Sciatica, nerve pain that travels from the low back or buttock down one or both legs, can feel irritating to excruciating. This type of pain can be constant to intermittent and is described as dull to pins and needles and affects 4 out of every 10 people at some point in their life. Many people use the term sciatica incorrectly. Sciatica is a symptom (like itching), it is not a diagnosis (like Parkinson’s disease). There are various causes of sciatica that include subluxations, or misaligned vertebrae in the lumbar or low back, herniated or bulging discs (tissue that acts as the shock absorber between vertebrae), tumors and illnesses such as diabetes.
The sciatic nerve is both the longest and the widest nerve in your body. It begins in the lower back as five separate nerves that extend from five different segments of the lumbar vertebra and sacrum – L4, L5, S1, S2, and S3. These nerves combine to form one large nerve that runs down through the buttocks and down the entire length of the leg. The sciatica nerve is responsible (directly or indirectly) for nearly all the sensation in your leg including the skin of the thigh and gluts. While sciatica is most often associated with pain, symptoms such as tingling, numbness, or muscle weakness can also occur.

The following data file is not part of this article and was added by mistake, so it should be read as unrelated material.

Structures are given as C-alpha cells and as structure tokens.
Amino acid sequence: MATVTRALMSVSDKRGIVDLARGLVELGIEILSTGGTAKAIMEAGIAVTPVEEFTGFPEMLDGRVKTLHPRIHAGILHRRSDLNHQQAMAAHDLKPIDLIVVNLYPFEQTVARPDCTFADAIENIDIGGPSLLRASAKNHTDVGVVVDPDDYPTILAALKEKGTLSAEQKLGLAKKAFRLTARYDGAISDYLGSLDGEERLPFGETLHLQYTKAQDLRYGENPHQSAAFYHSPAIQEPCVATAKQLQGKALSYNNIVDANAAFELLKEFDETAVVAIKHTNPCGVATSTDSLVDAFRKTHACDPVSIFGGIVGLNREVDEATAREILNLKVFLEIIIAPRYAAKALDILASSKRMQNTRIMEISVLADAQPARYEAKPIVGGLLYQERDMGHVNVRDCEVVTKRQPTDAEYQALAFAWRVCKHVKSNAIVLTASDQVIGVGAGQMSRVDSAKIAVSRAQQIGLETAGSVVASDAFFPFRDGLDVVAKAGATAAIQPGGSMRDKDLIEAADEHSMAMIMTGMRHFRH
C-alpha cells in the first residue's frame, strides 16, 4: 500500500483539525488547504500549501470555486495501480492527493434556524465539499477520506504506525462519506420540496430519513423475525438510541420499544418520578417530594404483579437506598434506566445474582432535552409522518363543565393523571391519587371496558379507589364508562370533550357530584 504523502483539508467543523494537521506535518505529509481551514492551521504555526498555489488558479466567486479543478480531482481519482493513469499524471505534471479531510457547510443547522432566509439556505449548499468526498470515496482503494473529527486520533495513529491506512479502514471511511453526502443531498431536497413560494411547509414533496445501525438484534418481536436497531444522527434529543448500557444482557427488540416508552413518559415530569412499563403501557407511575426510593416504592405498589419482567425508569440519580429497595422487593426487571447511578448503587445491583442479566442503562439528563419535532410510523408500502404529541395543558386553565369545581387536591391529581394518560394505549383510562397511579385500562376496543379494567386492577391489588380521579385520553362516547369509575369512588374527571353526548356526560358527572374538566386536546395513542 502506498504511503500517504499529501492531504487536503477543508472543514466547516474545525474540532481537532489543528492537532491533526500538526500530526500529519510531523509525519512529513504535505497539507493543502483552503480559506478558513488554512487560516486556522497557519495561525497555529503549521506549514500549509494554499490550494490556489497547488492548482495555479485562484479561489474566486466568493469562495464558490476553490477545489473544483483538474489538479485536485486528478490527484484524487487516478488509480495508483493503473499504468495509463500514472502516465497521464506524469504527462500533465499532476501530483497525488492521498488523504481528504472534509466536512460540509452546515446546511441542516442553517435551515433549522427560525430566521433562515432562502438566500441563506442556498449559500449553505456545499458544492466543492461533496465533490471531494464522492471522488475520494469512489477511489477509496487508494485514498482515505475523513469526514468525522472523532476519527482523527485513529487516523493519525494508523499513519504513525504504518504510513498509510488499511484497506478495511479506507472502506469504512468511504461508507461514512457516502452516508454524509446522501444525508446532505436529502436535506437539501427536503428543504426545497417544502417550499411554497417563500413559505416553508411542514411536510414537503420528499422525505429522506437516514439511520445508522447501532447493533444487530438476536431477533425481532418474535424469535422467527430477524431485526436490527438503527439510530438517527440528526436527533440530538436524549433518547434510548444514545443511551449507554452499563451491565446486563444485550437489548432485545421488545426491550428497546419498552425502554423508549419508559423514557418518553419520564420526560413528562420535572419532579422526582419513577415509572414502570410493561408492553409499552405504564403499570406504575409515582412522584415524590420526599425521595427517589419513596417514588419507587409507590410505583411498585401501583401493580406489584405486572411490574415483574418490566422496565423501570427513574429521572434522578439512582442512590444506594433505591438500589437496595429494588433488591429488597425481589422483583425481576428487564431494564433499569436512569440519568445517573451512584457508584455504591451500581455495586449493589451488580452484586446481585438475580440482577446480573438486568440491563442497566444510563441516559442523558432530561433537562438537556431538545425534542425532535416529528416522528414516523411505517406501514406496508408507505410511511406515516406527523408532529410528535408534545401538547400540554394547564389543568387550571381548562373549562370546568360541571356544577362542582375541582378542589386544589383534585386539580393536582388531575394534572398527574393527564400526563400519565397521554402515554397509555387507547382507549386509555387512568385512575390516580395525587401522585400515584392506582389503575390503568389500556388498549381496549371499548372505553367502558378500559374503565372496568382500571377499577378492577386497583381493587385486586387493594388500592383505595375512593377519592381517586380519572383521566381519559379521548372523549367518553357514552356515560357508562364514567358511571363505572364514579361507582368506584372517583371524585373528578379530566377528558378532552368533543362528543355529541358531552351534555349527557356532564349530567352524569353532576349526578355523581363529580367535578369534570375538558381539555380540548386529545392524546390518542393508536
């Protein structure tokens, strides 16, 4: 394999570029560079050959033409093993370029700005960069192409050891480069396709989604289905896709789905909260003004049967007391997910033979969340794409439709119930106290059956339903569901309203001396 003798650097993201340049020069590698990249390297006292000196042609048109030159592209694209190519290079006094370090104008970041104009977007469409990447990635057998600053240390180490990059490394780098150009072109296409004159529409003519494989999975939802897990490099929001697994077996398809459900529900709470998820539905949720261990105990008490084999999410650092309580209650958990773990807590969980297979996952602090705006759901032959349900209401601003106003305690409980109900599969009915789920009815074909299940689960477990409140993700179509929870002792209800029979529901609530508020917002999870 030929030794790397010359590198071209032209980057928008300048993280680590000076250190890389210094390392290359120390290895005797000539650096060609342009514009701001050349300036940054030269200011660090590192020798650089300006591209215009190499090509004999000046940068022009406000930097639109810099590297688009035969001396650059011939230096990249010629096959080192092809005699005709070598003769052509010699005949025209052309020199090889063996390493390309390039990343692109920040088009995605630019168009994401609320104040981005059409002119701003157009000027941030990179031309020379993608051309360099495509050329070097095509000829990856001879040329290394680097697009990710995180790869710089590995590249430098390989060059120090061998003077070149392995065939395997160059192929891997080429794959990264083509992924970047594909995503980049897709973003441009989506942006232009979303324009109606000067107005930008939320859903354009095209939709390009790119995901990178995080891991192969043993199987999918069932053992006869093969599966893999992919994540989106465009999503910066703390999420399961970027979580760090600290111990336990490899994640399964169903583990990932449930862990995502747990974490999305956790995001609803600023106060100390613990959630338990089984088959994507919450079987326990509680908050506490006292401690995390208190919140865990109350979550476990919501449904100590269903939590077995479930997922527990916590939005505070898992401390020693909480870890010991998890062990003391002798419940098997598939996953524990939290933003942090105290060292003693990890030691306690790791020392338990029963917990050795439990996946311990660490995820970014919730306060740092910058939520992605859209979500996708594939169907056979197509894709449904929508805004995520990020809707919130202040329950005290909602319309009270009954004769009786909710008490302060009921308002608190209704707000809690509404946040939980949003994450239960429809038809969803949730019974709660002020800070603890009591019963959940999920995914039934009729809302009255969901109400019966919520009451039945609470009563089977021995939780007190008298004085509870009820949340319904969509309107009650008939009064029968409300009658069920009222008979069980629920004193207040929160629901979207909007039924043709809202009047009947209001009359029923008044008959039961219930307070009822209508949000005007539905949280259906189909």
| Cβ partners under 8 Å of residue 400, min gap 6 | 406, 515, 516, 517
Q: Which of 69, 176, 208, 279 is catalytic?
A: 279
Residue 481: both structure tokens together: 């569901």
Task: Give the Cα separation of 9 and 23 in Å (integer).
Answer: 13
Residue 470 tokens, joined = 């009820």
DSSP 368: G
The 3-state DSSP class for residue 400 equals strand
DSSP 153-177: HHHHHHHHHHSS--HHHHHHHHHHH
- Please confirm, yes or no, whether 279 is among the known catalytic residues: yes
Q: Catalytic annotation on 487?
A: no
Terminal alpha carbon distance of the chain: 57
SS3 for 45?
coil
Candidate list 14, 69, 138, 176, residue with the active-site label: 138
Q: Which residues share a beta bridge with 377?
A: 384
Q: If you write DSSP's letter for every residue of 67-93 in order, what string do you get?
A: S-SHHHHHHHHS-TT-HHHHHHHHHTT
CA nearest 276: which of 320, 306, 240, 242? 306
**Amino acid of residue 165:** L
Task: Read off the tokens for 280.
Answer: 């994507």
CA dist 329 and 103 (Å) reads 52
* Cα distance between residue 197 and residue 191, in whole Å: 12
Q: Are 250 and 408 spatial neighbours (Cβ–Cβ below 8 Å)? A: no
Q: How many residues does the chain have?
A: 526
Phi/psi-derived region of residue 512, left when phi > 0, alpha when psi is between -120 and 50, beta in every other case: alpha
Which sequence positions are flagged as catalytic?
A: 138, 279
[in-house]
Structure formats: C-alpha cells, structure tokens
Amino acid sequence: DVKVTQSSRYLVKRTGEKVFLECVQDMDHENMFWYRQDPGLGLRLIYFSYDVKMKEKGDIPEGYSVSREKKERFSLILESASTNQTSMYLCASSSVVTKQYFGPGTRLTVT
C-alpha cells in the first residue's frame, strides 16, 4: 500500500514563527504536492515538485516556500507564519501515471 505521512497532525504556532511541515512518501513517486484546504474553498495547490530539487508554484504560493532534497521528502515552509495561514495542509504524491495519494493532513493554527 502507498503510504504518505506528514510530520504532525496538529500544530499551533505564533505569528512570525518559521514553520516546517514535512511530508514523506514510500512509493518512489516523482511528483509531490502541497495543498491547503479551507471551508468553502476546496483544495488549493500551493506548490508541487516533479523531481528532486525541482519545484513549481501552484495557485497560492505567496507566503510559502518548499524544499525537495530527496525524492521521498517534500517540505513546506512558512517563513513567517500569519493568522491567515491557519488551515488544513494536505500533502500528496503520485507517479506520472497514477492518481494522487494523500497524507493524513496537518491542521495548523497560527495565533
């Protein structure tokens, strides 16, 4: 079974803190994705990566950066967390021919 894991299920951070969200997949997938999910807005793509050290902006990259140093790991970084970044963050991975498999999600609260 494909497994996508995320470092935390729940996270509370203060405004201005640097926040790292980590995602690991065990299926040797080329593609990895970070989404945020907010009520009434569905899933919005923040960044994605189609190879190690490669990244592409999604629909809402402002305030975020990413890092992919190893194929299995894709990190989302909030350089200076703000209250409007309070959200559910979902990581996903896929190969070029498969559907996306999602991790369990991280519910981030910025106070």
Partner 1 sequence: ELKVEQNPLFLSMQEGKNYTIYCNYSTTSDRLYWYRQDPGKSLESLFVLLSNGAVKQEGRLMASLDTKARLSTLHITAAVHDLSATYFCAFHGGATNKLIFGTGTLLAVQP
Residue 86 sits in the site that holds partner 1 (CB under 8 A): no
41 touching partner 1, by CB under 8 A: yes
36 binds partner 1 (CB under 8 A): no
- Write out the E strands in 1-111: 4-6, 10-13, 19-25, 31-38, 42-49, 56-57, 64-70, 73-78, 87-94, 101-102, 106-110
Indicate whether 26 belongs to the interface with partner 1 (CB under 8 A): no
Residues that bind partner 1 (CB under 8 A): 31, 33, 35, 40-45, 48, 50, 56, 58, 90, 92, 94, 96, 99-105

There are various methods of treating this type of pain and include prescription or over-the-counter medications, physical therapy and chiropractic care. A study conducted in 2013 and published in the European Spine Journal reported the success rate of various treatment methods as follows: 20 percent success rate for physical therapy, 50 percent success rate for corticosteroid injections, and a whopping 72 percent success rate for chiropractic adjustments!
More than Pain Relief
When the pain of sciatica hits, it’s tempting to reach for the medication in hopes of dulling the pain as soon as possible. This method of treatment, however, does not address the root cause. If the pain is due to a misaligned vertebra, a dose of corticosteroids won’t put it back into place. It may decrease the associated inflammation and provide temporary relief, but it will not address the underlying cause.
A report in The Spine Journal on Chiropractic Manipulation in the Treatment of Acute Back Pain discussed a double-blind clinical study conducted on approximately 100 patients that were experiencing acute back pain and sciatica with disk protrusion. It was noted that “the active manipulation group had significantly greater relief from both local and radiating acute lower back pain, had fewer days with moderate-to-severe pain, and took fewer pain control drugs.”
Sciatica (sciatic nerve pain) is a symptom of an underlying condition. You’ll only start to get better once the underlying condition is identified. Chiropractors can help find and address the root cause of the problem.